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Wind, cold, snow part of late season recipe By Larry Myhre

Reprinted from the Sioux City Journal

WATERTOWN, S.D. — Late season pheasant hunts can be brutal. And this was one of them.

Temperature was in the teens. Wind was howling out of the northwest at 20 to 30 miles an hour.

I hunkered down in the snow, letting the big, round bale block most of the wind. Over a half mile away a long, thin line of hunters, all friends and veterans of many such hunts, were slugging it out in snow that had crusted on the top, but not enough to support their weight.

Occasionally I could hear a shot, small retorts carried away by the wind.

Then I saw deer busting across a small open field and disappear into the trees. From this distance they looked like long-legged ants scurrying away. I would later learn that the hunters estimated that over a hundred deer were spooked out of the timber.

I wasn’t surprised. We had driven along a field a couple miles to the west and the number of deer trails was unbelievable.

Gary Howey, Hartington, Neb., and I were here as guests of Chuck and his younger brother Rick Stone, both of Watertown. We were hunting private land in the vicinity of a private hunting lodge the Stones own that served as our headquarters.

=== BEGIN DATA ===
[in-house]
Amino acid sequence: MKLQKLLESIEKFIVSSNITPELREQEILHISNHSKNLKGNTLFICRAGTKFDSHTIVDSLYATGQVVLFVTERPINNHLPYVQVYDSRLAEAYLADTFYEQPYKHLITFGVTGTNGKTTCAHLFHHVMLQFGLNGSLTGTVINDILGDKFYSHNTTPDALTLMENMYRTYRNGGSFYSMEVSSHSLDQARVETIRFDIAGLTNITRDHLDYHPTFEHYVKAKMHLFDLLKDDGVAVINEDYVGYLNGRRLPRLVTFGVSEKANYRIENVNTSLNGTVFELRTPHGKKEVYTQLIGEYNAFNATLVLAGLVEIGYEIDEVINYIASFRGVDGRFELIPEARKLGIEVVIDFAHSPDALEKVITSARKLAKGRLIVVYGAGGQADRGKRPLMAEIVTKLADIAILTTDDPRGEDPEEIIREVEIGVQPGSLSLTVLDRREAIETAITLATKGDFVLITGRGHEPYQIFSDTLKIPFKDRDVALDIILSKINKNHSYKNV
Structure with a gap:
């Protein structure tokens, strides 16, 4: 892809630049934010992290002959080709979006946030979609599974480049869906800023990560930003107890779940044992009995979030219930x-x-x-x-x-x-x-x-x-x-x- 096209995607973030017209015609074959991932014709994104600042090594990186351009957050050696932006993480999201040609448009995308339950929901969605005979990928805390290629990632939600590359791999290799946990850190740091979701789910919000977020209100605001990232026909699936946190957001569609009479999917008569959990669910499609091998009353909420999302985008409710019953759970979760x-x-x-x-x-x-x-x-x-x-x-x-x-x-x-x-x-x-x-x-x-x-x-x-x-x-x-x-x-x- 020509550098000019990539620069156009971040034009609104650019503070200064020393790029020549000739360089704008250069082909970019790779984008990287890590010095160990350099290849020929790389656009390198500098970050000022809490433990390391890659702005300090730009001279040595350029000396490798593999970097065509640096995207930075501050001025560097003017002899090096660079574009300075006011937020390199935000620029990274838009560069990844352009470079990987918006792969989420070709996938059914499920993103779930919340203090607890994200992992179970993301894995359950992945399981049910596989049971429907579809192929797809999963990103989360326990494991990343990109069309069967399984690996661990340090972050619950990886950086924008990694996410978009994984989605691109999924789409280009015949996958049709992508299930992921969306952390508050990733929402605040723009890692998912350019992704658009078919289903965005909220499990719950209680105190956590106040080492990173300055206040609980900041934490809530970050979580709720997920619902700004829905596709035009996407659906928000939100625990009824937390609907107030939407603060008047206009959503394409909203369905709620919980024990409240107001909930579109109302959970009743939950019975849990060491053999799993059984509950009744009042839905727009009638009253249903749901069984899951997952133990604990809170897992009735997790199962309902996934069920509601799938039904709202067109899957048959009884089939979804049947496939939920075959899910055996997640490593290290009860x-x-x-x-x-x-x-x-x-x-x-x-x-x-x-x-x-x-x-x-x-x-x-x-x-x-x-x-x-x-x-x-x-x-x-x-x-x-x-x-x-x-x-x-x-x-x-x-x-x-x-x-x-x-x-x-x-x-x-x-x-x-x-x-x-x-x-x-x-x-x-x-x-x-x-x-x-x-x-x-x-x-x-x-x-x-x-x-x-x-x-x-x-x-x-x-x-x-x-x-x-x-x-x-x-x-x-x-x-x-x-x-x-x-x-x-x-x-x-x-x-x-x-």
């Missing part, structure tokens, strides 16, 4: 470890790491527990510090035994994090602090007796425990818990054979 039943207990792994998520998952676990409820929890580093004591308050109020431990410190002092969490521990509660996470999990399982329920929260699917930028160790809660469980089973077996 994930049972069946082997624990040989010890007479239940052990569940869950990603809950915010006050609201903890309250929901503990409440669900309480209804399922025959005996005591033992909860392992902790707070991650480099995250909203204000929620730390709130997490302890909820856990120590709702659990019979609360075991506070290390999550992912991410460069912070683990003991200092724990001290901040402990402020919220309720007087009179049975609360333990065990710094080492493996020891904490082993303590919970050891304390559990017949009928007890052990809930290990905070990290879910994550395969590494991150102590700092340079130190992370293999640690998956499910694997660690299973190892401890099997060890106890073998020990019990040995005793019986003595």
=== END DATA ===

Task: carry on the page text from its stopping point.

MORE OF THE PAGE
Chuck Stone, Watertown, S.D. holds one of the pheasants he bagged during our hunt on private land northwest of town.

We’ve hunted here a few times in the past. It usually works out, and it did this time, that a few Watertown High School graduates form the nucleus of the hunt, This time it was Chuck Stone, Dennis Murphy, Tom Sokoll, Joe Jipp, all from Watertown, and Gary. It was a kind of high school reunion, only better. All told there were close to 20 hunters making up the group.

The cover the hunters were walking consisted of windbreaks, CRP lands, sloughs and food plots. The deep snows captured by the heavy cover made walking a very tough job.

It was slow going for the group, but eventually I could make out hunter orange draped figures making their way toward where we blocked.

Eventually a few birds began winging over us. We were looking right into the sun, which hangs very low in the southern sky this time of year. It was virtually impossible to identify hens from roosters because they were backlit so severely. They had to be right over you before you could be sure.

Late winter hunts usually means spooky birds, and this was certainly the case here. Most of the shots were long and the birds used the wind to their advantage. This time of year you are best armed with a 12 gauge firing high velocity number 4 or 5 shot through full chokes.

More outdoors, information can be found at http://siouxcityjournal.com/sports/recreation/outdoors